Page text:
Ailing former Egyptian President Hosni Mubarak was yesterday found guilty of the murder of demonstrators during the uprising that overthrew him last year.
Mubarak, 84, is the only autocrat toppled in the Arab Spring to be put in the dock. His former Interior Minister Habib al-Adly also received a life sentence but six former police commandants were acquitted.
Chief Judge Ahmed Rifaat found Mubarak and al-Adly guilty of ordering the deaths of an estimated 850 people killed.
The verdict was broadcast live on Egyptian state television.
Mubarak's sons Alaa and Gamal were acquitted on corruption charges they faced with business associate Hussein Salem, who fled to Spain, over an alleged bribe.
And the former President was also accused of selling natural gas to Israel at lower than market prices.
Scuffles took place in the court, in a police academy once named after Mubarak on Cairo's outskirts, when the verdict was read out.
A security official said 5000 policemen and 2000 soldiers secured the area, to which Mubarak was flown by helicopter from hospital.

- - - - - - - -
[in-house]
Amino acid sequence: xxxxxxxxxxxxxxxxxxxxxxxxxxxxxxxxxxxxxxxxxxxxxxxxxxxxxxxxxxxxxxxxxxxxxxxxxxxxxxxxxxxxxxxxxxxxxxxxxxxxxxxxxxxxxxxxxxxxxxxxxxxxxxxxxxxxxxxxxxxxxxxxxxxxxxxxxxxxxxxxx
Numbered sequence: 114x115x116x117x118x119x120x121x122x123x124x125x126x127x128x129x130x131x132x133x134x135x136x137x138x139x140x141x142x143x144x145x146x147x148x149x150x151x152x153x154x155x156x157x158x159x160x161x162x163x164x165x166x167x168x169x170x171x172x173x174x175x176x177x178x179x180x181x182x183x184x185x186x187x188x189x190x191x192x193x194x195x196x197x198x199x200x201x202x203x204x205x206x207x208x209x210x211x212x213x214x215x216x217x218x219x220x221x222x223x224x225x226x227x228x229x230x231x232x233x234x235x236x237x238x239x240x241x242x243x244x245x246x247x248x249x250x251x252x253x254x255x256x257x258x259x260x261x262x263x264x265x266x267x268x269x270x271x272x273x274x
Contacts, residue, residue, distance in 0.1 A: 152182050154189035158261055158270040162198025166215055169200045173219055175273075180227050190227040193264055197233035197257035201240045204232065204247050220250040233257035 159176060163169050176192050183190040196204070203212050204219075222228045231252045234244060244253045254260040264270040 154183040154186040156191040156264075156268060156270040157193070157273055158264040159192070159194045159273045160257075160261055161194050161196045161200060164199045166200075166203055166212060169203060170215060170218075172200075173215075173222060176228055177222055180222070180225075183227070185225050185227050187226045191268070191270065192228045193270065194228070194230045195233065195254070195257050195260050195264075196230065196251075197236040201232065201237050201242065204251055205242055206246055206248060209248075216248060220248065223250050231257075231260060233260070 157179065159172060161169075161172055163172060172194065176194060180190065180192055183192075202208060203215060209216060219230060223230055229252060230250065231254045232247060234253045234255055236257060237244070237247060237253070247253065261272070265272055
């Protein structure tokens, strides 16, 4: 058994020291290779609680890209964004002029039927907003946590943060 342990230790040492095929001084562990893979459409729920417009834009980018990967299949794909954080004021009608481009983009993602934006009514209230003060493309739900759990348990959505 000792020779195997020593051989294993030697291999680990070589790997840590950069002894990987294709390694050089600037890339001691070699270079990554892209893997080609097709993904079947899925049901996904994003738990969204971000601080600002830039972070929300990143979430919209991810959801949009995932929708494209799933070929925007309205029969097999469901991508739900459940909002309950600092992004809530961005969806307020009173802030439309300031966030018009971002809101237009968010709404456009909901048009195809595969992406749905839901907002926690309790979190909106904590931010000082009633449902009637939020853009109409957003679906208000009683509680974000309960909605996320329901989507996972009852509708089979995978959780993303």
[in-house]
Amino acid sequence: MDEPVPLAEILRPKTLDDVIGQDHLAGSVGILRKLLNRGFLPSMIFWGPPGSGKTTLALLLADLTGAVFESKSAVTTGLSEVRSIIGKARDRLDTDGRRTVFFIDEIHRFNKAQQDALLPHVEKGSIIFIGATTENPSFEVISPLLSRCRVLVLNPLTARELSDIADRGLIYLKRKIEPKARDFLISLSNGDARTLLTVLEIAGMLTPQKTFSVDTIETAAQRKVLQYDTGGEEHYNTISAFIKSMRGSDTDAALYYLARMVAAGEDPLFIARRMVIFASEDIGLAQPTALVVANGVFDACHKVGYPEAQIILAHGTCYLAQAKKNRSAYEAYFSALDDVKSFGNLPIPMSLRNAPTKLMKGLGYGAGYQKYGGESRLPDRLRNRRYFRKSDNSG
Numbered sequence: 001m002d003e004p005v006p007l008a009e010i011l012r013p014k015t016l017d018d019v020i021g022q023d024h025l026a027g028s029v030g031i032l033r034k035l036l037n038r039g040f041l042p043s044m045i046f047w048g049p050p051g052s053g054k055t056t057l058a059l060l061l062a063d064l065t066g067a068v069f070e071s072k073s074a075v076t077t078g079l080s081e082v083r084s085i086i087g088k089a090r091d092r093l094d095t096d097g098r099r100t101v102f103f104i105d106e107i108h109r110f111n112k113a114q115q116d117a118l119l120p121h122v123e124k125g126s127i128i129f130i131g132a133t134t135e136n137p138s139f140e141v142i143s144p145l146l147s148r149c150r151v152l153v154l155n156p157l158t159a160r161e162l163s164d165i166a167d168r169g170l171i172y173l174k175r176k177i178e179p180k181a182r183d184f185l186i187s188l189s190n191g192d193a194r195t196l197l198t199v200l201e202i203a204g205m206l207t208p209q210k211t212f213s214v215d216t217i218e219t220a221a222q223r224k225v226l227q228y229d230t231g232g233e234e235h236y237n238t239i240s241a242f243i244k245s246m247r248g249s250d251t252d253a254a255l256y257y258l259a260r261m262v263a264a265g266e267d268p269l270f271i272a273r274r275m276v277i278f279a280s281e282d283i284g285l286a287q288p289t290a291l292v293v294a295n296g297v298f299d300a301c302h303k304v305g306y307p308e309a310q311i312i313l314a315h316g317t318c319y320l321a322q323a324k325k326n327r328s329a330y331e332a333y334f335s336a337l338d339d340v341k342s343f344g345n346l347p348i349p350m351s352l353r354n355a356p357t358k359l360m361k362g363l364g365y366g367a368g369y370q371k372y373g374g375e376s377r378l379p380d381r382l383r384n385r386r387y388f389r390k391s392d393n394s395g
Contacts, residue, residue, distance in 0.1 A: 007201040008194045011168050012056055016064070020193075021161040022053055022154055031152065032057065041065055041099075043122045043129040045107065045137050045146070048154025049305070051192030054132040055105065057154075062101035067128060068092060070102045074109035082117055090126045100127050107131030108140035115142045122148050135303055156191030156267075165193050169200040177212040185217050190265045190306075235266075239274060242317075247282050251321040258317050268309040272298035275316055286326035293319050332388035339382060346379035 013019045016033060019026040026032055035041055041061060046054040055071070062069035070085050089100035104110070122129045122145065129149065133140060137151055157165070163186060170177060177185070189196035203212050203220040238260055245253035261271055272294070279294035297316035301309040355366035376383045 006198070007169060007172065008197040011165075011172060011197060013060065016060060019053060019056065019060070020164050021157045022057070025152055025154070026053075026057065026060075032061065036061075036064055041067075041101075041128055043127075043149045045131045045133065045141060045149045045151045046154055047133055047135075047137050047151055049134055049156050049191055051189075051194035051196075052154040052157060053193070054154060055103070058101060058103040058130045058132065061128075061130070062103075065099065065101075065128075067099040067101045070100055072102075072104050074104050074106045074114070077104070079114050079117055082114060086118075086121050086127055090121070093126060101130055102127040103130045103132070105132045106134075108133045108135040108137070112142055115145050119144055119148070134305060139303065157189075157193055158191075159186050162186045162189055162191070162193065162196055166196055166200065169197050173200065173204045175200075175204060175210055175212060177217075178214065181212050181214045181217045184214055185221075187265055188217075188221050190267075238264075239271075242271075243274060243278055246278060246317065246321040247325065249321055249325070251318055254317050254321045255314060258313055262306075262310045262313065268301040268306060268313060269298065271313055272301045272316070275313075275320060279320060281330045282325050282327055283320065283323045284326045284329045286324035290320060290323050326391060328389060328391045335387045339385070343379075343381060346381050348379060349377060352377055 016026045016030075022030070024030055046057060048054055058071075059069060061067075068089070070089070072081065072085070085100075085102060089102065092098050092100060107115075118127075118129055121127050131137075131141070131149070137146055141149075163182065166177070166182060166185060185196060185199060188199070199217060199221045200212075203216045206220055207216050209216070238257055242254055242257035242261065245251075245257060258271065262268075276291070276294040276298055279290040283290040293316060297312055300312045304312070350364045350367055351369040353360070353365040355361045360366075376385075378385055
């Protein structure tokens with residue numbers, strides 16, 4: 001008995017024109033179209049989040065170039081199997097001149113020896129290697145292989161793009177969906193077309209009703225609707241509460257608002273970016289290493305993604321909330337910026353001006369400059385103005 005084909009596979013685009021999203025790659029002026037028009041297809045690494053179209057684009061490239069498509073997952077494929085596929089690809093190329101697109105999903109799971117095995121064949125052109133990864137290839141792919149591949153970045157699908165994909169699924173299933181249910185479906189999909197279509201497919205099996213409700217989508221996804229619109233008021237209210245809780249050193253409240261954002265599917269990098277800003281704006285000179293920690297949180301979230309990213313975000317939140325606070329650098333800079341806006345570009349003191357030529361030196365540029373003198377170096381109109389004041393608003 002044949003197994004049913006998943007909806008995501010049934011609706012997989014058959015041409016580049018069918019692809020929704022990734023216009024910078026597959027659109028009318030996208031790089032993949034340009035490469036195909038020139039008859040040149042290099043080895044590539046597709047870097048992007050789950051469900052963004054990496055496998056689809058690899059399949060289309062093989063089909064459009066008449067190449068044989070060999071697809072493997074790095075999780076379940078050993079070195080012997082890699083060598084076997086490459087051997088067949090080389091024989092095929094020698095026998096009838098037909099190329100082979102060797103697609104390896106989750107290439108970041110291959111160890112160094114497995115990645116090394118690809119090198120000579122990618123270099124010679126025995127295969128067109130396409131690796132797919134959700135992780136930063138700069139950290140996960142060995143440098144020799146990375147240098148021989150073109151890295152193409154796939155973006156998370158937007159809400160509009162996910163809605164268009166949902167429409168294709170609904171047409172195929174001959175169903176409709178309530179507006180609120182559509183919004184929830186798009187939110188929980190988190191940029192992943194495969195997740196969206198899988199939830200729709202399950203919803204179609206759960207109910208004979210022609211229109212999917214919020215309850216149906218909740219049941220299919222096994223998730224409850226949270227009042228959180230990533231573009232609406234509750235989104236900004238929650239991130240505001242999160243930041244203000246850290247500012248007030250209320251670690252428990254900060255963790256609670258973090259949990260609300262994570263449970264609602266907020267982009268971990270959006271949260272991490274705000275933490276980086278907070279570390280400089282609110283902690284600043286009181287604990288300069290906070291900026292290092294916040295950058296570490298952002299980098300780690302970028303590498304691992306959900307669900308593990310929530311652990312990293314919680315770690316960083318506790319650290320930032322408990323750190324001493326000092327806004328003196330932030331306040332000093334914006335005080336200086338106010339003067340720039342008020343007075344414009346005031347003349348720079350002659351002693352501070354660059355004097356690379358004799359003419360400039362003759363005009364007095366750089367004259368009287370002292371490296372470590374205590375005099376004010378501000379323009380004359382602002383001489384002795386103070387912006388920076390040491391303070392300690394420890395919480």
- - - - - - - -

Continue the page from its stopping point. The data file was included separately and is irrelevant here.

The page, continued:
Mubarak has been detained in hospital since his arrest last year after the military, which took power after he resigned, appeared to bow to popular protests demanding that he and former regime officials be put on trial.
But the military insists the prosecution's investigations and the charges eventually filed were independent decisions.
During the trial, Mubarak was wheeled on a stretcher into the lecture hall that served as a courtroom. He reportedly suffers from a heart condition, but the Health Ministry has denied his lawyer's claim that he has cancer.
All the accused denied that they ordered police to shoot protesters or use deadly force during the uprising, in which demonstrators torched police stations across the country.
The verdict comes just two weeks before a run-off in presidential elections that will pit Mubarak's former Prime Minister Ahmed Shafiq against Muslim Brotherhood candidate Mohammed Mursi in a highly polarising race.
It is the first openly contested presidential election in any of the Arab countries swept by regional protests and uprisings that challenged decades of autocratic rule.
But the revolt also led to a deteriorating economy and increased lawlessness in Egypt that has helped Shafiq, a symbol of Mubarak's regime, win a surprising amount of support.